Part of the seeming strangeness of Shen Yun could be attributed to a latent Orientalism on the part of Western viewers—including those of us who are of Asian descent. But the real root of Shen Yun’s meme-friendly eeriness is that the ads brightly and aggressively broadcast nothing at all; this is why it’s so easy to imagine them popping up in Ebbing, Missouri, or in the extended Blade Runner universe, or on Mars. The ads have to be both ubiquitous and devoid of content so that they can convince more than a million people to pay good money to watch what is, essentially, religious-political propaganda—or, more generously, an extremely elaborate commercial for Falun Dafa’s spiritual teachings and its plight vis-à-vis the Chinese Communist regime. The Chinese Embassy, for its part, warns the American public to “stay away from the so-called ‘Shenyun’ performance of the ‘Falun Gong’ organization so as to avoid being deceived and used by the cult.” Whether Falun Dafa—the name is used interchangeably with Falun Gong—is a cult, in either a strict or loose sense, is debatable. Its practitioners have no record of violence, and the organization does not appear to be coercive. Its stated central values are “truthfulness, compassion, and forbearance.” The organization’s Web site notes that the “Falun,” meaning an “intelligent, rotating entity composed of high-energy matter,” is planted “in a practitioner’s lower abdomen from other dimensions” and then “rotates constantly, twenty-four hours a day.” Most of the group’s practices fall roughly within the traditions of Tai Chi and Qigong, and the group itself can be situated within China’s long history of apocalyptic sects promising redemptive transformation, such as the White Lotus Society, which dates to the Ming dynasty. [...] Aside from the organ harvesting, the homophobia, the anti-evolution ballad, and the Karl Marx apparition, the thing I found most odd about my Shen Yun experience in Houston was the hosts’ explanation of Chinese classical dance.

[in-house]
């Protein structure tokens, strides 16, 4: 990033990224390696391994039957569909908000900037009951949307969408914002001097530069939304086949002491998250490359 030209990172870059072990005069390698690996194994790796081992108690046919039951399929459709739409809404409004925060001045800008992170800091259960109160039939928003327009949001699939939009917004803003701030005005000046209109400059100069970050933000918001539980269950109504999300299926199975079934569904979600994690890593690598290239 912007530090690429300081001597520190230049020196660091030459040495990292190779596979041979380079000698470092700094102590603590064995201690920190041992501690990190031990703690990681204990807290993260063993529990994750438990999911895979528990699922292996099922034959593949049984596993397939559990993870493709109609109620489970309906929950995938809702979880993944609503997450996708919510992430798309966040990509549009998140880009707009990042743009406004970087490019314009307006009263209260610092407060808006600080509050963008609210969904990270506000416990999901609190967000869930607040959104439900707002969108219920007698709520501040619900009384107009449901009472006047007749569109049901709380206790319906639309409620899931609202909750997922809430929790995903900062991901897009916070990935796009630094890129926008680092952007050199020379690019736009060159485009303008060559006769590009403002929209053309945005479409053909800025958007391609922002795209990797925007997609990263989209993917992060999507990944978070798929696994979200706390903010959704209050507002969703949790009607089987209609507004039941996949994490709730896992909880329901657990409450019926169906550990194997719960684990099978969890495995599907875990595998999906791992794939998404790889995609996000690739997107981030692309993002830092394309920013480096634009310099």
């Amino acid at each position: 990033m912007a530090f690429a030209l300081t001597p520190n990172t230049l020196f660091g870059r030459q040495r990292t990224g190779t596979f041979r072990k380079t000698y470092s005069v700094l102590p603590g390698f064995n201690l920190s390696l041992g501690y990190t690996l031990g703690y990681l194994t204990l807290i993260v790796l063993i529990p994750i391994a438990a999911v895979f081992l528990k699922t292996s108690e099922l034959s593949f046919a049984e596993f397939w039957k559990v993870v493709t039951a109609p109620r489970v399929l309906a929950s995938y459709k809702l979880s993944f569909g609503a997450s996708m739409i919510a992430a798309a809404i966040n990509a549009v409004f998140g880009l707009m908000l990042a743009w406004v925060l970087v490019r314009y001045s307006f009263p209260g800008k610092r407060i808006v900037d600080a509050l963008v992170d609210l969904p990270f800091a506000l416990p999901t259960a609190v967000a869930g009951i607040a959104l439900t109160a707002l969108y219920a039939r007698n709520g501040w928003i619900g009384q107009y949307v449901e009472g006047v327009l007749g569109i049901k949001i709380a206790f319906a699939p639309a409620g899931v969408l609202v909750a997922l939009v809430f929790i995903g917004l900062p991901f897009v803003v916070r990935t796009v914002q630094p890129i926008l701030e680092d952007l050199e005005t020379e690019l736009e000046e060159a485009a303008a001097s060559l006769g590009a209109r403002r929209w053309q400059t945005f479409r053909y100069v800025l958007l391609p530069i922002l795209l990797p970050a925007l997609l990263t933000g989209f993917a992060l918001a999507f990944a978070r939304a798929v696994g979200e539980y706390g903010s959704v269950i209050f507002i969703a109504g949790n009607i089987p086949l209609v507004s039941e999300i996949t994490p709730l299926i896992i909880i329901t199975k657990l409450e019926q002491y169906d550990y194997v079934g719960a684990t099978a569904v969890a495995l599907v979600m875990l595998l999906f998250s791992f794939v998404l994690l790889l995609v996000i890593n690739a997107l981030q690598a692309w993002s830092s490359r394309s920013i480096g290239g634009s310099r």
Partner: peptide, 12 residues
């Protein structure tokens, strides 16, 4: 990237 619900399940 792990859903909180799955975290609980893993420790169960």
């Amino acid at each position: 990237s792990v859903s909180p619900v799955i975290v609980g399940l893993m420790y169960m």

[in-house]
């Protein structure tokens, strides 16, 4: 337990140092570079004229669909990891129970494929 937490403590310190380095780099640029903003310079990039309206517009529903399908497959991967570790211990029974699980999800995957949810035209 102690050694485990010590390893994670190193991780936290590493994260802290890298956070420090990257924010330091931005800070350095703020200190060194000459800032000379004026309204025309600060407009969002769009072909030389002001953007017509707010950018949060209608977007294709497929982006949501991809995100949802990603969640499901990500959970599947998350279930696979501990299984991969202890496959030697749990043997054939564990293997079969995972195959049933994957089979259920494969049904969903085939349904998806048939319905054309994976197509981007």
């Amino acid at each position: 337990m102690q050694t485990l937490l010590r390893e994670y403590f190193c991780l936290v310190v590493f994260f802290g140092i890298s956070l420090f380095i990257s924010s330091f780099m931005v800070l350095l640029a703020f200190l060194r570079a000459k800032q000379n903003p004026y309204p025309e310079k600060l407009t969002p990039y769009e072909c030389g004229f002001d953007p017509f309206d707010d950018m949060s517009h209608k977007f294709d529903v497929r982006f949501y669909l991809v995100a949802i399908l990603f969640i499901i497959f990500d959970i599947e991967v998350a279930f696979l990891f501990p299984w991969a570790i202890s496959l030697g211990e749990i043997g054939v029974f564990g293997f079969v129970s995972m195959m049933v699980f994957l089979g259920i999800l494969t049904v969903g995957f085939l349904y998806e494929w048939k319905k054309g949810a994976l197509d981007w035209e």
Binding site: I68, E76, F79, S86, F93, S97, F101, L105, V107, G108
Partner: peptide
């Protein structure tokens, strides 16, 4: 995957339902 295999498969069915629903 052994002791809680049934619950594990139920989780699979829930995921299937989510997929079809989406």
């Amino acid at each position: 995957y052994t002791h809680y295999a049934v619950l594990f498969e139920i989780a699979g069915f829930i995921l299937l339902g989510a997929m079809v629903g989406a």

After a mysterious freestyle ski run in last year’s Winter Olympics, people called Elizabeth Swaney a scam artist and the worst athlete in the history of the games. They’re wrong.